~In Again, Out Again~
Directed by: John Emerson

Written by: Anita Loos

Douglas Fairbanks ... Teddy Rutherford
Arline Pretty ... Janie Dubb
Walter Walker ... Sheriff Dubb
Arnold Lucy ... Amos Jennings
Helen Greene ... Pacifica Jennings
Homer Hunt ... Henry Pinchit
Albert Parker ... Jerry
Bull Montana ... Quenton Auburn, the Burglar
Ada Gilman ... Teddy's Mother
Frank Lalor ... Pinkie, the Druggist
Betty Tyrel ... The Nurse
W.C. Robinson ... The Trustee (as Spike Robinson)
Erich von Stroheim ... Officer (uncredited)
~Remaining Credits~

Production Company: Douglas Fairbanks Pictures

Distribution Company: Artcraft Pictures Corporation

Produced by: Douglas Fairbanks
Cinematography by: Arthur Edeson
Art Direction by:
Erich von Stroheim
Assistant Directors: Howard Hawks & Erich von Stroheim
Publicist: B.F. Zeidman

Length: 5 Reels
Runtime: 50 Minutes
Released: April 30, 1917

Filmed in:
Los Angeles, California, USA (interiors)
New York City, New York, USA
~Plot Synopsis~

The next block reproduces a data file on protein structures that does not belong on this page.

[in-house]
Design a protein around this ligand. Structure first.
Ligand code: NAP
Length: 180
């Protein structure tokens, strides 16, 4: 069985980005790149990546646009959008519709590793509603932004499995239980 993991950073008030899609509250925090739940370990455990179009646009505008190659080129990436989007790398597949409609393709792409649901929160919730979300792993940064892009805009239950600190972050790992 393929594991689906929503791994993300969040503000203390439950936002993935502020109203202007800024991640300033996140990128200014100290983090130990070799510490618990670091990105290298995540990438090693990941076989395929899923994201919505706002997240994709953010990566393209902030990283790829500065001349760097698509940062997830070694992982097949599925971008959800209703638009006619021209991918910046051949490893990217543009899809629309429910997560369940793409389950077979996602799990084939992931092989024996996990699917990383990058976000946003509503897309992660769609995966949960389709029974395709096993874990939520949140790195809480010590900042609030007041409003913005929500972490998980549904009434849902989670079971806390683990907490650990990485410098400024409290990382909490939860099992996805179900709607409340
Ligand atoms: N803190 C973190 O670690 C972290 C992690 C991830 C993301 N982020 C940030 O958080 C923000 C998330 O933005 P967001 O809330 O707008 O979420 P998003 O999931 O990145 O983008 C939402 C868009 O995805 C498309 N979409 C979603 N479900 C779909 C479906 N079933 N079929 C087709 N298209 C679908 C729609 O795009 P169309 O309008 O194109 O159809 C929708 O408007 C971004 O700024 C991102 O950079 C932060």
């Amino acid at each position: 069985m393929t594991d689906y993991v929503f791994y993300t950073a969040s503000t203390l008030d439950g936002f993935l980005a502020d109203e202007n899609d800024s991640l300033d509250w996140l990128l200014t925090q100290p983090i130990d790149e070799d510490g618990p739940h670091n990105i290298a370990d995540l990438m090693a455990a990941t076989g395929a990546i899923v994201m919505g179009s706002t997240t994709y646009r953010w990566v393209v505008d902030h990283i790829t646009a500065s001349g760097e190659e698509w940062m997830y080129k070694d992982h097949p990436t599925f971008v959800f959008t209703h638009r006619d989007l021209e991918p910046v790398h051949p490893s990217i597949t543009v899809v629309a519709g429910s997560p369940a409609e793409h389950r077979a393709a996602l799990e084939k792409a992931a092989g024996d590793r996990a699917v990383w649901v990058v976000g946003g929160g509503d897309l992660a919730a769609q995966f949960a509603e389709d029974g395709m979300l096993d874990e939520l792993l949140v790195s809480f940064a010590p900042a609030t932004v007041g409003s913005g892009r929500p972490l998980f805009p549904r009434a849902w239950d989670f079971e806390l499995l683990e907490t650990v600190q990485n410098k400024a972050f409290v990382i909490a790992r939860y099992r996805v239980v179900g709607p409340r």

This was only one of many films that proved that the team of silent star Douglas Fairbanks, director
John Emerson, and scenarist/wit Anita Loos was unbeatable when it came to comic adventure. Teddy
Rutherford (Fairbanks) goes on a bender when he discovers that his sweetie (Helen Greene) loves
another man (Homer Hunt) -- and the guy is a pacifist to boot (not a virtue admired in the days of
World War I)! After this binge, Teddy wakes up in jail to the ministrations of Janie (Arline Pretty), the
sheriff's daughter. In due course, he is released, but he wants nothing more than to go back to the
lock-up and to Janie. His attempts to break into the jail are hilarious but unsuccessful. Finally, he
gets arrested again for impersonating a man who has plotted to dynamite a munitions factory. The
sheriff's assistant -- Teddy's rival for Janie's affections -- tries to get rid of Teddy once and for all by
instigating a lynching. But Teddy uses his impressive athletic abilities to escape the mob, leave the
jail, and capture the real bomber. Erich vonStroheim was art director on this picture, but his Prussian
persona caused trouble when he tried to order some explosives for one of its scenes. The Secret
Service rushed to Fairbanks' studio in Fort Lee, New Jersey, and as a result of this incident, the star
fired vonStroheim.

Plot Synopsis by Janiss Garza, AllMovie.com